The GOC hopes to give education providers more flexibility in delivering their courses to ensure students are equipped for future roles, after its Council approved a public consultation on new proposed standards for education providers and learning outcomes for optical students as part of its Education Strategic Review (ESR).
Alistair Bridge, GOC Director of Strategy, said, “The draft standards are focused on outcomes to allow greater flexibility for education providers and encourage innovation. They will need to be accompanied by a robust approach to accreditation and quality assurance but we hope this new flexibility will make it much easier for providers to prepare students to meet the demands of patients in the future.”
The draft standards are designed to cover the full route to registration for students, both in teaching and in clinical practice. Applying the standards will involve education providers working in partnership with other bodies, such as professional associations and employers, to provide improved clinical experience.
The proposed standards and learning outcomes reflect and build upon the feedback obtained so far through both the GOC’s ESR and its Continuing Education and Training (CET) Review.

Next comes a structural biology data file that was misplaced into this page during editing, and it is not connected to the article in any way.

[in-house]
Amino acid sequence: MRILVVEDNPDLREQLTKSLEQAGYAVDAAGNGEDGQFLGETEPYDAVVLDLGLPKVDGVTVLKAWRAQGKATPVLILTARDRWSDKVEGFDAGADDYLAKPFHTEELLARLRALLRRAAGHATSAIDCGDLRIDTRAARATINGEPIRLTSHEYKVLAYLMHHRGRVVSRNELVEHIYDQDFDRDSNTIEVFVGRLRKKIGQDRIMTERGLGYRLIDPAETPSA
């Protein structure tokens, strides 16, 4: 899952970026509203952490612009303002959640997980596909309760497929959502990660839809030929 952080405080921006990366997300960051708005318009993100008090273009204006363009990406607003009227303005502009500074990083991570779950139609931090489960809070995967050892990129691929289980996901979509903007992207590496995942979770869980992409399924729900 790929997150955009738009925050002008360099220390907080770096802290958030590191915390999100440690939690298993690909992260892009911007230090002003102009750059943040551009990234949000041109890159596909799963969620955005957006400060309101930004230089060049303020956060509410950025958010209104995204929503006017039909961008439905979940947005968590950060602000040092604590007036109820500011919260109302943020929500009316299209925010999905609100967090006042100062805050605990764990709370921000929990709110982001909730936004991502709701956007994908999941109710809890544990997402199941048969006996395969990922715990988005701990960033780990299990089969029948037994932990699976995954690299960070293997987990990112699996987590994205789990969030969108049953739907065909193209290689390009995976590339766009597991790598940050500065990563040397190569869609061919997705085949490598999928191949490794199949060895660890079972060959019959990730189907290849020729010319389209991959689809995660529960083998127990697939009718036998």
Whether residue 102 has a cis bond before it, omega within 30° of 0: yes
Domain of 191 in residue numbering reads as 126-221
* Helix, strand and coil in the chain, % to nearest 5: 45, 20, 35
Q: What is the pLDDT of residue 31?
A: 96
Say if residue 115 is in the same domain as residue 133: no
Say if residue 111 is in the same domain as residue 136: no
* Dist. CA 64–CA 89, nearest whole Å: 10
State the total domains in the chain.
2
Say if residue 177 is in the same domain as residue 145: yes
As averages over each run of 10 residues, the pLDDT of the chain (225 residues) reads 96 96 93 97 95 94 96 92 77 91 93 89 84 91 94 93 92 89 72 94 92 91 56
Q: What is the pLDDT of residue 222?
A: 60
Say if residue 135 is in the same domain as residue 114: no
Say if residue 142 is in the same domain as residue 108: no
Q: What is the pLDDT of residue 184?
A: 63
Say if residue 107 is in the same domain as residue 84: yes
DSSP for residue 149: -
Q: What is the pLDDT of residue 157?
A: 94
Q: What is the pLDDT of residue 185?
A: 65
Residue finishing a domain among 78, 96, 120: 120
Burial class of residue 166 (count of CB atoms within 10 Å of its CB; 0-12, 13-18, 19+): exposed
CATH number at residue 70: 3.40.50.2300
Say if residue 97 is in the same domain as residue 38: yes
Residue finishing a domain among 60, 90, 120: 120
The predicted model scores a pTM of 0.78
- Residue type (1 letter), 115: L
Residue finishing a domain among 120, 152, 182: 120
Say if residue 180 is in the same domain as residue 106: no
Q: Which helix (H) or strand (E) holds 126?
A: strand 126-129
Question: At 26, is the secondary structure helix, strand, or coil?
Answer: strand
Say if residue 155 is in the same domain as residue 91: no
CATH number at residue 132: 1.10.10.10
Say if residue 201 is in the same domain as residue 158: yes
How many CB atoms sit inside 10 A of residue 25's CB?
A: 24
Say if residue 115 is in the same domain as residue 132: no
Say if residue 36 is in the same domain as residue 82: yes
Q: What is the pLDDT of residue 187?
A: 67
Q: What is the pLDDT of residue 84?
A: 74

The new proposed standards will focus on the following five areas:
Patient safety and professionalism
Safe and accessible learning
Access to clinical experience
Developing and delivering curricula, and;
Governance, leadership and management.
There are different draft learning outcomes for optometrists, dispensing opticians and contact lens opticians. For the new learning outcomes for independent prescribers, the GOC proposes to adopt the Royal Pharmaceutical Society’s Competency Framework for all Prescribers.
The GOC also proposes to have one set of learning outcomes for qualified practitioners, which will allow registrants to choose CET that helps them maintain their core skills but also engage in continuing professional development.
Alistair Bridge, GOC Director of Strategy, said: “We want to ensure optical students are better prepared for their roles professionally as the optical professions change fast in the face of new technology, pressures on eyecare changes and an ageing population.
“The draft standards and learning outcomes reflect the principles that we have consulted on previously and which received broad support from stakeholders. We’ve had encouraging support so far but it’s important that we get stakeholders’ views, including on the practical issues that will be involved in moving to the new system – we look forward to hearing people’s views on these proposals.”
The GOC is planning to consult on the draft standards and learning outcomes from October 2018 to December 2018, with final versions brought to Council in February 2019 for approval.
GOC Chair Gareth Hadley announced that the GOC’s Interim Chief Executive and Registrar Adam Sampson is leaving the GOC to take up a permanent CEO role leading a new charity being created to provide residential and education services to severely disabled children and adults. A new GOC Interim Chief Executive & Registrar will start next week; the GOC will announce their name in the coming days once formalities have been completed.